The largest dam in Iraq is in serious danger of an imminent collapse that could unleash a trillion-gallon wave of water, possibly killing thousands of people and flooding two of the largest cities in the country, according to new assessments by the U.S. Army Corps of Engineers and other U.S. officials.
Even in a country gripped by daily bloodshed, the possibility of a catastrophic failure of the Mosul Dam has alarmed American officials, who have concluded that it could lead to as many as 500,000 civilian deaths by drowning Mosul under 65 feet of water and parts of Baghdad under 15 feet, said Abdulkhalik Thanoon Ayoub, the dam manager. “The Mosul dam is judged to have an unacceptable annual failure probability,” in the dry wording of an Army Corps of Engineers draft report.
At the same time, a U.S. reconstruction project to help shore up the dam in northern Iraq has been marred by incompetence and mismanagement, according to Iraqi officials and a report by a U.S. oversight agency to be released Tuesday
The State Department promised Blackwater USA bodyguards immunity from prosecution in its investigation of last month’s deadly shooting of 17 Iraqi civilians, The Associated Press has learned.
The immunity deal has delayed a criminal inquiry into the Sept. 16 killings and could undermine any effort to prosecute security contractors for their role in the incident that has infuriated the Iraqi government.
“Once you give immunity, you can’t take it away,” said a senior law enforcement official familiar with the investigation.
State Department officials declined to confirm or deny that immunity had been granted. One official — who refused to be quoted by name_ said: “If, in fact, such a decision was made, it was done without any input or authorization from any senior State Department official in Washington.”
Also from the article: Richard J. Griffin, the head of the Bureau of Diplomatic Security which granted the immunity, announced his resignation effective last Thursday.
NBC Universal chief executive Jeff Zucker on Sunday urged colleagues to take a stand against Apple’s iTunes, charging that the digital download service was undermining the ability of traditional media companies to set profitable rates for their content online.
We know that Apple has destroyed the music business — in terms of pricing — and if we don’t take control, they’ll do the same thing on the video side,” Zucker said at a breakfast hosted by Syracuse’s Newhouse School of Communications.
He said NBC routinely propositioned Apple to breach its standard pricing model and experiment with higher pricing for one hit show such as “Heroes” by raising the price from the iTunes standard $1.99 to $2.99 on a trial basis.
“We wanted to take one show, it didn’t matter which one it was, and experiment and sell it for $2.99,” he said. “We made that offer for months and they said no.”
The NBC chief also revealed that in addition to more pricing flexibility, his firm was also seeking a cut of Apple hardware sales — such as the iPod and iPhone — which were capable of viewing content downloaded from the iTunes Store.
“Apple sold millions of dollars worth of hardware off the back of our content and made a lot of money,” he said. “They did not want to share in what they were making off the hardware or allow us to adjust pricing.”
Zucker’s comments also arrive just as NBC and NewsCorp. are launching their joint online video venture, Hulu.com, which aims to compete with iTunes by offering streaming TV and other commercial video content to viewers under an ad-supported model.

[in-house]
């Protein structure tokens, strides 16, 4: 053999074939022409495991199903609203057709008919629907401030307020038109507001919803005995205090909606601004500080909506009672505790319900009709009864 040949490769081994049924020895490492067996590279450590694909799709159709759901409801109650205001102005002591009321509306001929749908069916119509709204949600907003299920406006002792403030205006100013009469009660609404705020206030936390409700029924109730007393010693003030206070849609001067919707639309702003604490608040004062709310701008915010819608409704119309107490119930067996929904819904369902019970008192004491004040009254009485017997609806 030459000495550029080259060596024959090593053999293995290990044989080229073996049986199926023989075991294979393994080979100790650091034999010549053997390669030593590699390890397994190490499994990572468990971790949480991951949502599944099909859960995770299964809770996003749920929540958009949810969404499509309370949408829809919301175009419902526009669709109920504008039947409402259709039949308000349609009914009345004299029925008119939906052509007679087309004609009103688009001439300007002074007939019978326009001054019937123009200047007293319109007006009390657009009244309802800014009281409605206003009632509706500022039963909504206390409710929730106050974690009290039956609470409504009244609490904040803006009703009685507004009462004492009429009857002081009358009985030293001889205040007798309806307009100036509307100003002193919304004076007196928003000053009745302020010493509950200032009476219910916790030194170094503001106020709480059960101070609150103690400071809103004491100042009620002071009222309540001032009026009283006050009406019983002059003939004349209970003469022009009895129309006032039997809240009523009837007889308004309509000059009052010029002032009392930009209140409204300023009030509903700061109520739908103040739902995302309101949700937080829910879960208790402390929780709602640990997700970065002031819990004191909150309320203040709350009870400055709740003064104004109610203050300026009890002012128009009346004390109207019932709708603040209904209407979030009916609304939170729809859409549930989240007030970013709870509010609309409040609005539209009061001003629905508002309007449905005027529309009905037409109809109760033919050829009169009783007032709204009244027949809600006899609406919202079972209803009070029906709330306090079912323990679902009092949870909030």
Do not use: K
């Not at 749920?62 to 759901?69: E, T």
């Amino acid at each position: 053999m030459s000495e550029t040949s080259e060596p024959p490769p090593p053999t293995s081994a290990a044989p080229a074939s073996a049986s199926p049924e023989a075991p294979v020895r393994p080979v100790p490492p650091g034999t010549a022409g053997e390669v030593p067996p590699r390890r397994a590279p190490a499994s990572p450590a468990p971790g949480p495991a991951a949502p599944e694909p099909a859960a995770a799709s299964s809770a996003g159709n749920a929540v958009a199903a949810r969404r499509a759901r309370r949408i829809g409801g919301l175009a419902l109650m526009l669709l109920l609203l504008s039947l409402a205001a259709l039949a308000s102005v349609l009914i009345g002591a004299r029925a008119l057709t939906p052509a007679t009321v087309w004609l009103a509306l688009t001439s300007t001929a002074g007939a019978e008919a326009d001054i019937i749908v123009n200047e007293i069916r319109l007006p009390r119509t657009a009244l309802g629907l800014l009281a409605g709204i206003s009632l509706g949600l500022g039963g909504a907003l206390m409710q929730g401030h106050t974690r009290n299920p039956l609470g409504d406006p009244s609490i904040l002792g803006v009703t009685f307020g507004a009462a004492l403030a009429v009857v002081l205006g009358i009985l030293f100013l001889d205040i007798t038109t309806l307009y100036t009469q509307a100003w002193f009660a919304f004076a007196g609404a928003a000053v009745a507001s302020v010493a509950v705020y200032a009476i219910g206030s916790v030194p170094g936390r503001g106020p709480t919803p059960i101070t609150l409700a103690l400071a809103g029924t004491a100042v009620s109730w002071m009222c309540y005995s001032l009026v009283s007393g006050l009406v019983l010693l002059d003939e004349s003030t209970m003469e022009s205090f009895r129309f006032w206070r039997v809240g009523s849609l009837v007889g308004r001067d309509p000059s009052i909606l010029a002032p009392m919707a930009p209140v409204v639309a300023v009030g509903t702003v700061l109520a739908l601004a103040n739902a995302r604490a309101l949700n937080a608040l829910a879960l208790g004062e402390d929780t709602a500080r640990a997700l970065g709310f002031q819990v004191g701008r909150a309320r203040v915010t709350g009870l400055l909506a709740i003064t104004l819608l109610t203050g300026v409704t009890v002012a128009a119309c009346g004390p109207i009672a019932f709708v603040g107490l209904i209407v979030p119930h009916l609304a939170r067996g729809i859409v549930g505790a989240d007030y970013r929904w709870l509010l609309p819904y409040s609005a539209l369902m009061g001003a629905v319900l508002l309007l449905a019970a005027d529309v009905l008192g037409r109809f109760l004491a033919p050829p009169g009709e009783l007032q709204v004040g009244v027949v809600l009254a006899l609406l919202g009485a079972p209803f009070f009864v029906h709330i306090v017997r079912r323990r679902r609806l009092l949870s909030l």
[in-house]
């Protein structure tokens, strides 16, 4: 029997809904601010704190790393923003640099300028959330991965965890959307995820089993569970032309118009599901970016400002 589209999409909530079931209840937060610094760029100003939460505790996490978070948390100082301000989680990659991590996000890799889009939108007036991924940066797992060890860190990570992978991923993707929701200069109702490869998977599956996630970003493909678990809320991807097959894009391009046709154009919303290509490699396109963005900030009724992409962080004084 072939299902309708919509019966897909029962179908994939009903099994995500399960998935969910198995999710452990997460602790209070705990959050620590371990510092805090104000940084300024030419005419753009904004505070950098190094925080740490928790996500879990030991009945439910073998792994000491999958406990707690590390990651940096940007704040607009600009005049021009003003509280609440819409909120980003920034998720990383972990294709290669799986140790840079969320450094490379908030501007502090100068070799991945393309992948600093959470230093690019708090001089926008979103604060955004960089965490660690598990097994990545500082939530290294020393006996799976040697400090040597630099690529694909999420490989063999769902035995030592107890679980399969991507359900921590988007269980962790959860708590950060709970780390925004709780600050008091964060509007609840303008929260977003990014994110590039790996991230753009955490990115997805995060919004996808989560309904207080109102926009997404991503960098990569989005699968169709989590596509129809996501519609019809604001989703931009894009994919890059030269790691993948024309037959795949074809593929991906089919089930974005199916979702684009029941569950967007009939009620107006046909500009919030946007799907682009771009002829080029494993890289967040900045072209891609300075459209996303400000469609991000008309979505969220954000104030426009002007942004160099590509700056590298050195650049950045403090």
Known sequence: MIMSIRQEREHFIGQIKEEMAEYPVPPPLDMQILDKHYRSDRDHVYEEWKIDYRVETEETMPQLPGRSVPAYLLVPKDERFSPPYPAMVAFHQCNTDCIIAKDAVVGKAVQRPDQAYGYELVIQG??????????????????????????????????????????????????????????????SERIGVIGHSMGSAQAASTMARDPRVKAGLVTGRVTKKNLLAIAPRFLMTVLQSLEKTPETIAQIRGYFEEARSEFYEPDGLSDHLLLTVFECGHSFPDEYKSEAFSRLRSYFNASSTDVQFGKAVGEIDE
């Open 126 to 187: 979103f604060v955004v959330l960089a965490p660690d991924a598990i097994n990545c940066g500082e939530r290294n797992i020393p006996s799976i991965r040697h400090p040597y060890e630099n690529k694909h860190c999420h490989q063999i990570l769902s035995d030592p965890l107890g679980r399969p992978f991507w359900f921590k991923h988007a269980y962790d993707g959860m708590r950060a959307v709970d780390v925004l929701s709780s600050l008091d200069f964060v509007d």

Read “ruined the music business” as “actually giving the consumer what they want instead of relying on greed and laziness to fill my coffers with regrets.”
Also, I checked out the “hulu” service he talked about, and it claimed that the content wasn’t available in “my region”, which is odd, since there are plenty of other sites that tell me otherwise. The only places that don’t allow me to view NBC content is the services ran by NBC…
Iraq war veterans now stationed at a base here in upstate New York say that morale among US soldiers in the country is so poor, many are simply parking their Humvees and pretending to be on patrol, a practice dubbed “search and avoid” missions.
Phil Aliff is an active duty soldier with the 10th Mountain Division stationed at Fort Drum. He served nearly one year in Iraq from August 2005 to July 2006, in the areas of Abu Ghraib and Fallujah, both west of Baghdad.
“Morale was incredibly low,” said Aliff, adding that he joined the military because he was raised in a poor family by a single mother and had few other prospects. “Most men in my platoon in Iraq were just in from combat tours in Afghanistan.”
According to Aliff, their mission was to help the Iraqi army “stand up” in the Abu Ghraib area of western Baghdad, but in fact his platoon was doing all the fighting without support from the Iraqis they were supposedly preparing to take control of the security situation.
“I never heard of an Iraqi unit that was able to operate on their own,” said Aliff, who is now a member of the group Iraq Veterans Against the War (IVAW). “The only reason we were replaced by an Iraqi army unit was for publicity.”
Aliff said he participated in roughly 300 patrols. “We were hit by so many roadside bombs we became incredibly demoralized, so we decided the only way we wouldn’t be blown up was to avoid driving around all the time.”
“So we would go find an open field and park, and call our base every hour to tell them we were searching for weapons caches in the fields and doing weapons patrols and everything was going fine,” he said, adding, “All our enlisted people became very disenchanted with our chain of command.”
Apple and T-Mobile announced rate plans for the iPhone in Germany today.
That is fucking expensive. Expect a lot of iPhone-unlocking activity in Germany by people who want an iPhone without this insane plan.